Network traffic exchanged between the clients 34 of each network portion 26 and the additional network 28 (e.g., packets exchanged between the clients 34 and the DNS server 22, and exchanged between the clients 34 and the content servers 24) must pass through the data communications devices 30. For example, in order for the client 34-B1 to communicate with a device in the additional network 28, the client 34-B1 transmits and receives packets which pass through the data communications device 30-B.

During operation of the CDN 20, the clients 34 obtain content from the content servers 24-A, 24-B which, for at least one host domain, store and provide the same content (e.g., operate as mirror sites for that host domain). To this end, the clients 34 send DNS requests to the data communications devices 30. The DNS requests from the clients 34 include domain names for content and the Internet addresses of the clients 34 in order to identify the sources of the DNS requests. In particular, the data communications devices 30 repackage the initial client DNS requests, into second DNS requests which include the domain names for the content and the Internet addresses of the data communications devices 30. However, the data communications devices 30 are capable of further including the Internet addresses of the clients 34 in the second DNS requests in order to enable the DNS server 22 to subsequently perform content routing operations based on the locations of the clients 34. Such operation provide more accurate content routing than the conventional approach of resolving domain names into content server Internet addresses based on locations of the DNS proxies (which may be far away from the clients). Further details of how this takes place will now be provided with reference to FIG. 2.

FIG. 2 shows a block diagram 40 of particular components of the CDN 20 which are involved in a DNS operation. In particular, FIG. 2 shows a client 34, a data communications device 30 and the DNS server 22.

In order for the client 34 to obtain resolution of a domain name, the client 34 sends a DNS request 42 to the data communications device 30. The DNS request 42 includes, among other things, a domain name section 48 and a source address section. The contents of the domain name section 48 contains a domain name identifying the domain (e.g., “www.domain1.com”) and the contents of the source address section include a client identifier (i.e., the Internet address of the client 34) identifying the client 34 as the source of the DNS request 42. The data communications device 30 receives the DNS request 42, and generates a second DNS request 44 which it sends to the DNS server 22. The second DNS request 44 includes, among other things, a domain name section 50 and a source address section. The contents of the domain name section 50 contains a flag 54 (e.g., “C-X”), the client identifier or CLIENT_ID 56 (e.g., an Internet address having the form “AAA.BBB.CCC.DDD”) identifying the client 34 (e.g., the Internet address of the client 34), and the domain name 58 identifying the domain (e.g., “www.domain1.com”).

The DNS server 22 receives the second DNS request 44 from the data communications device 30, and resolves the domain name field (e.g., “www.domain1.com”) contained within the domain name section 50 of the DNS request 44 into an Internet address of a content server 24 which is capable of providing content identified by the domain name field. The DNS server 22 then provides a DNS response 46 containing, in a target Internet address section 52, the Internet address of that content server 24.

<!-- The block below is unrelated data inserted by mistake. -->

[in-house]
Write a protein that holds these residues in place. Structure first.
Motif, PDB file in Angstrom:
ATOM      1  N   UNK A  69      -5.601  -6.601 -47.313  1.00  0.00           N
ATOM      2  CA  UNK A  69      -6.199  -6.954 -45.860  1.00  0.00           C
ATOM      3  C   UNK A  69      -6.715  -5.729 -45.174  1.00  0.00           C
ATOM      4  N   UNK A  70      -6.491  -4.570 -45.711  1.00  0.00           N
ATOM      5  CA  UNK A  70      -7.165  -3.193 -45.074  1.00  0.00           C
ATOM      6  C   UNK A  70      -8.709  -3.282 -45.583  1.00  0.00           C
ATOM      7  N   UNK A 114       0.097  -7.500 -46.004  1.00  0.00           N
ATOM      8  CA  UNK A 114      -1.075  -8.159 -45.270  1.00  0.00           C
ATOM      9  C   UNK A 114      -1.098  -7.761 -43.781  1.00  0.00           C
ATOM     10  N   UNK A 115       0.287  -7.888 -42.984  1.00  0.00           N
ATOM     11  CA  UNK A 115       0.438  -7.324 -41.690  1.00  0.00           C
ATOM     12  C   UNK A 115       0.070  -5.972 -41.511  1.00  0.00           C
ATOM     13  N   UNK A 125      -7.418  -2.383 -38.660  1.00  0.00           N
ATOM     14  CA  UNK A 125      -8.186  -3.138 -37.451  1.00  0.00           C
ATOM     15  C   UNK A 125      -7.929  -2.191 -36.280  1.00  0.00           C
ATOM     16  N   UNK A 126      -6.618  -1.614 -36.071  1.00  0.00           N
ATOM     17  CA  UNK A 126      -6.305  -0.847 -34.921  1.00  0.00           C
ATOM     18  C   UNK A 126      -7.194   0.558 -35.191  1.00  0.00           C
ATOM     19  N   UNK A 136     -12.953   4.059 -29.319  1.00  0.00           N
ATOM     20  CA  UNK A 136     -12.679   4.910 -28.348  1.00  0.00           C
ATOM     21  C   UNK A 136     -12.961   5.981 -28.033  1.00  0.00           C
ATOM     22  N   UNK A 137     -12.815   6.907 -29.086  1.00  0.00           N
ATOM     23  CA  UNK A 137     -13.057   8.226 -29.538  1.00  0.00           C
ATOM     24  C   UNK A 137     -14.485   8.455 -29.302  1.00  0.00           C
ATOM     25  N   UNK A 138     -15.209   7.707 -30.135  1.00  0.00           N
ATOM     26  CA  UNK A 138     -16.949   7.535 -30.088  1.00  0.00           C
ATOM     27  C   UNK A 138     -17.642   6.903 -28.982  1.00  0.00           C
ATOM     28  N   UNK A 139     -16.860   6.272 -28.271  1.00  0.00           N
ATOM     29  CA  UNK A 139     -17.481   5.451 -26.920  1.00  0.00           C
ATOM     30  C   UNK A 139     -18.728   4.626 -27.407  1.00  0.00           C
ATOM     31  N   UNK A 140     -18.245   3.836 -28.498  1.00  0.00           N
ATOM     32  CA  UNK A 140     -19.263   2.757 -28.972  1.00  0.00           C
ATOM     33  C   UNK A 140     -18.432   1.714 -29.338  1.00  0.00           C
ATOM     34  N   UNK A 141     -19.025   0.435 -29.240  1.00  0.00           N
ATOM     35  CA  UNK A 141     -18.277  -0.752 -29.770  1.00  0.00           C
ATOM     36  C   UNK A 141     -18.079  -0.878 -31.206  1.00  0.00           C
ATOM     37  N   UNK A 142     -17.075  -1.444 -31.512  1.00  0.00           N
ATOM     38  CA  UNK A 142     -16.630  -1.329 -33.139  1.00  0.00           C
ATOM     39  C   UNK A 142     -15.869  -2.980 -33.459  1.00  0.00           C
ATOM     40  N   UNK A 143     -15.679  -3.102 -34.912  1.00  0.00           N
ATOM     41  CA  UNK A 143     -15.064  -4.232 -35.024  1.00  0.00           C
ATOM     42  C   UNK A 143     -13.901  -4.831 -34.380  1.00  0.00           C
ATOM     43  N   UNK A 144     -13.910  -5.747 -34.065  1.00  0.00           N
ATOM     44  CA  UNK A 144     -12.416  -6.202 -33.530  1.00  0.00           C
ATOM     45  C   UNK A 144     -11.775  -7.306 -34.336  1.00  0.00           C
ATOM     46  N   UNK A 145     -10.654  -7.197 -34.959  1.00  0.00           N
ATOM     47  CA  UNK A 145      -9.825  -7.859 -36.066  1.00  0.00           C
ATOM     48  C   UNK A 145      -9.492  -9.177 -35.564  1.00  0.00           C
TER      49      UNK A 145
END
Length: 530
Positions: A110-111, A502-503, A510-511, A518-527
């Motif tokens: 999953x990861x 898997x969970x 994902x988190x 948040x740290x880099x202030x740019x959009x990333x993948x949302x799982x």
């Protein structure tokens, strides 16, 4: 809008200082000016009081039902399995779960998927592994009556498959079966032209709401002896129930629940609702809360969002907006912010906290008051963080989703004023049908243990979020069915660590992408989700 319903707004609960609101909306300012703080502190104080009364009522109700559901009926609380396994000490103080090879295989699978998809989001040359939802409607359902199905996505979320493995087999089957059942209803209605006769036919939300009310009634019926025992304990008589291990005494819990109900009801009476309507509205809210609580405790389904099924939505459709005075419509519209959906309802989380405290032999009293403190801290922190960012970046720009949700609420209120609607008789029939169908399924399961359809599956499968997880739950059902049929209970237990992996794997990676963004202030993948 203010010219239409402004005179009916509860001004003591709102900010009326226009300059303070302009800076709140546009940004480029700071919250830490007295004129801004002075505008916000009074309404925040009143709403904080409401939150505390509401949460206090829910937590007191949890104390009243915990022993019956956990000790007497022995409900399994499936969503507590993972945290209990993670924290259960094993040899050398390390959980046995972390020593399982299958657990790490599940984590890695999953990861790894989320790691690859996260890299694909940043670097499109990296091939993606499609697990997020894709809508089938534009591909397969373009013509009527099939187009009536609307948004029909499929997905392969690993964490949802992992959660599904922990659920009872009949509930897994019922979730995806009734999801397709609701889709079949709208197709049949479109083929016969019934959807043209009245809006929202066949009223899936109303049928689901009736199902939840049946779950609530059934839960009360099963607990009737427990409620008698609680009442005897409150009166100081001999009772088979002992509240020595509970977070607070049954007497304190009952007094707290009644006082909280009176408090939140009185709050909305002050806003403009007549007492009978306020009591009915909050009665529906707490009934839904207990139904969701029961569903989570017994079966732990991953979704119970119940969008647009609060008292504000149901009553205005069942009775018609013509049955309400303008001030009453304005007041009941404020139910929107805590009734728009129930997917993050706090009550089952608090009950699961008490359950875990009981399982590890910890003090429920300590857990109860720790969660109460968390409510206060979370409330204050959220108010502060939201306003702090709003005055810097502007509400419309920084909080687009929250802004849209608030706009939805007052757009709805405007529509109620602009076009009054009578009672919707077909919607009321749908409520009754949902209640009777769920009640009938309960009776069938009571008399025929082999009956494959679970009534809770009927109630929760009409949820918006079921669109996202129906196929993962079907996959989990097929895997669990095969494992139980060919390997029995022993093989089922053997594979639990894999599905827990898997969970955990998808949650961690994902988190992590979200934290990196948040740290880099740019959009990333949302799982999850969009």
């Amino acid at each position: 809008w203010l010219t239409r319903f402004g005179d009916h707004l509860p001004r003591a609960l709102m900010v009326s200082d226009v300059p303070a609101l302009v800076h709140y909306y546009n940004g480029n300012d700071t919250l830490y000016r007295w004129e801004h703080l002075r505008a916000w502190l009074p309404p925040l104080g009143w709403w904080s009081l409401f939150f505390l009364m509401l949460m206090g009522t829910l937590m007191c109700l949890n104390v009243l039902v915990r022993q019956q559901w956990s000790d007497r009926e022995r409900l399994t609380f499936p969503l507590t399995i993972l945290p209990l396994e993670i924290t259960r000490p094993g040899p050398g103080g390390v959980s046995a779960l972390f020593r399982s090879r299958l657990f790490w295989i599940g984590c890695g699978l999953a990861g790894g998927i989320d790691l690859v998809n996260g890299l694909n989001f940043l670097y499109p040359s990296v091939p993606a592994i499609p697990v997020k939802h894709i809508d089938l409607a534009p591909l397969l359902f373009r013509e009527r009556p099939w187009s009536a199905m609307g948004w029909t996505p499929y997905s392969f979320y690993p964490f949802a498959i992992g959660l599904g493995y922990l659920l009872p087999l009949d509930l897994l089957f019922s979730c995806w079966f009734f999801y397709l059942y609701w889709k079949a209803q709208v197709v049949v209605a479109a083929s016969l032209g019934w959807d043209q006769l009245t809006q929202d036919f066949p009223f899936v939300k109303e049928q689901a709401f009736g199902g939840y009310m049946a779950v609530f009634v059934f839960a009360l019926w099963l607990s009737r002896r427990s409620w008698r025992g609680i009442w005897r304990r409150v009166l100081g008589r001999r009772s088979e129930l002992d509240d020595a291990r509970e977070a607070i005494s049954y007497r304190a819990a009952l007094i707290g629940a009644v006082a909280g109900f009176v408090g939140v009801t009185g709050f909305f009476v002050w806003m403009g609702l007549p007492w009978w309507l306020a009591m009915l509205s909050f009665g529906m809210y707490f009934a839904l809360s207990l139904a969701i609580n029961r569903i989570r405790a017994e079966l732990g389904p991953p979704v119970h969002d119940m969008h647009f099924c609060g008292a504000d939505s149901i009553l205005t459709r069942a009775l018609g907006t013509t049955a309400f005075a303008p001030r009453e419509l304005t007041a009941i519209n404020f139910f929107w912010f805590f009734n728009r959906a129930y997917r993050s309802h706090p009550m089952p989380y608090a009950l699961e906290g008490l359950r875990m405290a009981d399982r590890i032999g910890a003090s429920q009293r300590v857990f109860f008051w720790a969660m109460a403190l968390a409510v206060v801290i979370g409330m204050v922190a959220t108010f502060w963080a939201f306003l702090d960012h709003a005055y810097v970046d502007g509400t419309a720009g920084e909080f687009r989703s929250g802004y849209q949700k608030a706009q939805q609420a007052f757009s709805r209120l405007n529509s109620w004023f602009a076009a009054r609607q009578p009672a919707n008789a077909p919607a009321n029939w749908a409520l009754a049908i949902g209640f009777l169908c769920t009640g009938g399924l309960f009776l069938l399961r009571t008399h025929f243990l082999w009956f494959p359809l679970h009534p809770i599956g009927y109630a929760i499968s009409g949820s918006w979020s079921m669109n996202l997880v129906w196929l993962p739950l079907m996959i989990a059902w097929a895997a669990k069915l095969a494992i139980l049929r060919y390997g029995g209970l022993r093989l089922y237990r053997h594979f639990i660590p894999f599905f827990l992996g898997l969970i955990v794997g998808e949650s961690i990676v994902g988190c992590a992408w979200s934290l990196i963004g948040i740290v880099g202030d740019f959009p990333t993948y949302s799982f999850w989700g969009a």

If there is only one content server 24 which can provide that content, the DNS server 22 provides the Internet address of that content server 24. However, if there are multiple content servers 24 which can provide that content, the DNS server 22 preferably provides the Internet address of the content server 24 which is closest to the client 34. Since the client identifier 56 is contained within the domain name section 50 of the DNS request 44, the DNS server 22 can select the closest content server 24 to the client 34. The DNS server 22 does not have to rely on the location of the DNS proxy (i.e., the location of the data communications device 30) on which to base its decision. For example, if the client 34 is on the West Coast, the DNS server 22 can direct the client to the content server 24-A on the West Coast rather than the content server 24-B on the East Coast, regardless of the location of the DNS proxy (e.g., in Texas). Accordingly, content routing using the client identifier is more accurate than the earlier-described conventional approach of content routing based on the Internet address of the DNS proxy. Further details of the invention will now be provided with reference to FIGS. 3 and 4.

FIG. 3 is a detailed block diagram 60 of the data communications device 24. As shown, the data communications device 24 includes an interface 62 and a controller 64 which is coupled to the interface 62. The controller 64 includes a processor 66 (i.e., processing circuitry) and memory 68 coupled to the processor 66. The memory 68 stores an operating system 70, an application 72 and a data structure 74. One or more of the operating system 70, the application 72 and the data structure 74 can be transferred and loaded into the memory 68 on a computer program product 76 which includes a computer readable medium having instructions and data stored thereon (e.g., a set of diskettes, tapes, CD-ROMs). Alternatively, these memory constructs can be obtained in the form of one or more propagated signals (e.g., as a network download).